1 good thing to come frm this is....at least i can make the decision now even if it hurts haha. Would be nice if they thought of a fix without me being punished for a mistake on their end...
  • Nichj99Nichj99 Posts: 196 ★★

    Nichj99 said:

    ItsDamien said:

    ItsDamien said:

    Zaosafler said:

    I'm not exactly in tandem with this. A warning is suitable, but I'm also not keen on altering the graphics. It's the responsibility of people with such issues to be aware of what they participate in. Games are widely known to have flashing lights and other triggers. The alternative is a somewhat watered-down experience.

    Aren’t you special.

    This game used to be fairly friendly regarding issues like light sensitivity. Which is made it a stand out. But they’ve introduced a couple of those backgrounds that those with visual impairments might find hard to see. Not so good.

    And recently they are adding more, and fancier strobing effects. A real problem for people that have light sensitive issues. Which on the US, is about 30% of the adult population has something such as migraines or seizures that are triggered by strobing lights. So introducing those will cost them a large market segment. For instance, 4 people in my allaince mentioned having headaches after playing Psycho Man.

    So tuning those effects down is a good idea, just from customer service and business perspectives.
    1. How so? Reducing the quality of their product for a select group is a smart choice?
    2. People are responsible for their own conditions.
    3. The game isn't responsible for the health concerns of its users.
    Response to 1: making accommodations for 30% of the adult population would potentially boost their market

    2 and 3. The company producing the game is responsible for having a clear warning for any and all health concerns that a player may encounter at any time. A one off in game message is not sufficient to relieve them of liability long term.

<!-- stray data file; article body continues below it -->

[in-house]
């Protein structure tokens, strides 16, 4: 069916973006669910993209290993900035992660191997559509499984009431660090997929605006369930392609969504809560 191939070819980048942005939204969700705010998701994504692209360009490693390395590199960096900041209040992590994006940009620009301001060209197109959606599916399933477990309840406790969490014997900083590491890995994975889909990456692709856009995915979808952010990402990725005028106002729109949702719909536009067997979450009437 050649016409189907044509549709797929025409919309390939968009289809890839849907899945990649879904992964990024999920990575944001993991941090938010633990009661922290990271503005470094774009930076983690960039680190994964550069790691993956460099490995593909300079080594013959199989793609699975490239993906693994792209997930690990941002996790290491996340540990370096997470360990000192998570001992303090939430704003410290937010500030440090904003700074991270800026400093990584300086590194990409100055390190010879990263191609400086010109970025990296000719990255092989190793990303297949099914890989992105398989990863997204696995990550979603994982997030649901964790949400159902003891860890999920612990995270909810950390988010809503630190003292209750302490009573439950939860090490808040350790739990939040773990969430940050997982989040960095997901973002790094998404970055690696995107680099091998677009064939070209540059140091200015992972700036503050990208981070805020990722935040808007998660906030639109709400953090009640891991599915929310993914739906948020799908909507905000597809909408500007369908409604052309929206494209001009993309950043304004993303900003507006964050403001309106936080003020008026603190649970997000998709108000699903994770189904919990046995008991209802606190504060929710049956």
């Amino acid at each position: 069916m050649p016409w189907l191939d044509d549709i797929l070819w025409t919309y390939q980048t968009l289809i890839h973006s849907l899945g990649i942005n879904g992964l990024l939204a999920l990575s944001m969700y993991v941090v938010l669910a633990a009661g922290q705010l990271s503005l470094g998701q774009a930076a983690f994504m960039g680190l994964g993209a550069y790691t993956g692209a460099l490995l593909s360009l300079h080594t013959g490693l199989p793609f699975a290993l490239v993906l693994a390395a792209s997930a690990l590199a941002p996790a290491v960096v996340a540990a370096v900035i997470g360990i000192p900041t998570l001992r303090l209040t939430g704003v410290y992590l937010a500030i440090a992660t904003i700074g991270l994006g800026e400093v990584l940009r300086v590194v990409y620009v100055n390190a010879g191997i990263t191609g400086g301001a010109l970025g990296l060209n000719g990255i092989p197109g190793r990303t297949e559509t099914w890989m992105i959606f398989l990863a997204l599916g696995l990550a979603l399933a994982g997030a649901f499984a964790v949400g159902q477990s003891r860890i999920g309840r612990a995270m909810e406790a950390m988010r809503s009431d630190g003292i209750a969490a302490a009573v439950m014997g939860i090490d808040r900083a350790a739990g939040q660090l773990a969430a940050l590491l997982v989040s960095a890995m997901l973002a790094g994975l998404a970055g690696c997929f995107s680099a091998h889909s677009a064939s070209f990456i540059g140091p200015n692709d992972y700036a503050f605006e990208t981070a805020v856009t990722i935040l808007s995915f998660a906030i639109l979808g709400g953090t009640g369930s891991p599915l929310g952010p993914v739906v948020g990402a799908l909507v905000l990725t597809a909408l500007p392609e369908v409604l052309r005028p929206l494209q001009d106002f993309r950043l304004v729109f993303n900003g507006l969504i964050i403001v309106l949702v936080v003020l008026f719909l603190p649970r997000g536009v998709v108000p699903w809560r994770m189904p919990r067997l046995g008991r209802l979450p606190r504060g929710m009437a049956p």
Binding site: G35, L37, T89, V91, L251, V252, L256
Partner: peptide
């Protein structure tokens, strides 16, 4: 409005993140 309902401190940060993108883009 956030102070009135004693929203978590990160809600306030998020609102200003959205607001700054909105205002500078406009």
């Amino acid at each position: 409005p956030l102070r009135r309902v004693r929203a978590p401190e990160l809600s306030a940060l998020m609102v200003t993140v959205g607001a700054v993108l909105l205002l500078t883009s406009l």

Epilogue: “games are flashy, players should know the risks” would never hold up in court. Consider if you or a family member ended up in a coma due to strobe effects. Would this argument satisfy you?
    Actually, that IS sufficient from a legal standpoint.
    If the game contains flashing images and lights, they're obligated to indicate as much. They're not responsible thereafter.
    ItsDamien said:

    Not to derail too much.... but the diabetic analogy is really not a good comparison. Been a type 1 diabetic for 21 years, those labels aren't there for my benefit.

    Also to keep it more on topic, my sister has had epilepsy for almost 21 years (yeah that was a rough one for my family, 2 of the kids with incurable chronic illnesses within months of each other), and her day to day enjoyment of things non epileptic people take for granted is hugely impacted. A little compassion for what others aren't able to do goes a real long way, instead of being a gatekeeper for an issue that was no ones fault. If Kabam needs to change something, so be it. If they need to add more accessibility options, so be it. Is it really going to affect your overall enjoyment of the game to the point of not wanting to play anymore if Kabam makes it a little less harmful to other people by toning down certain VFX?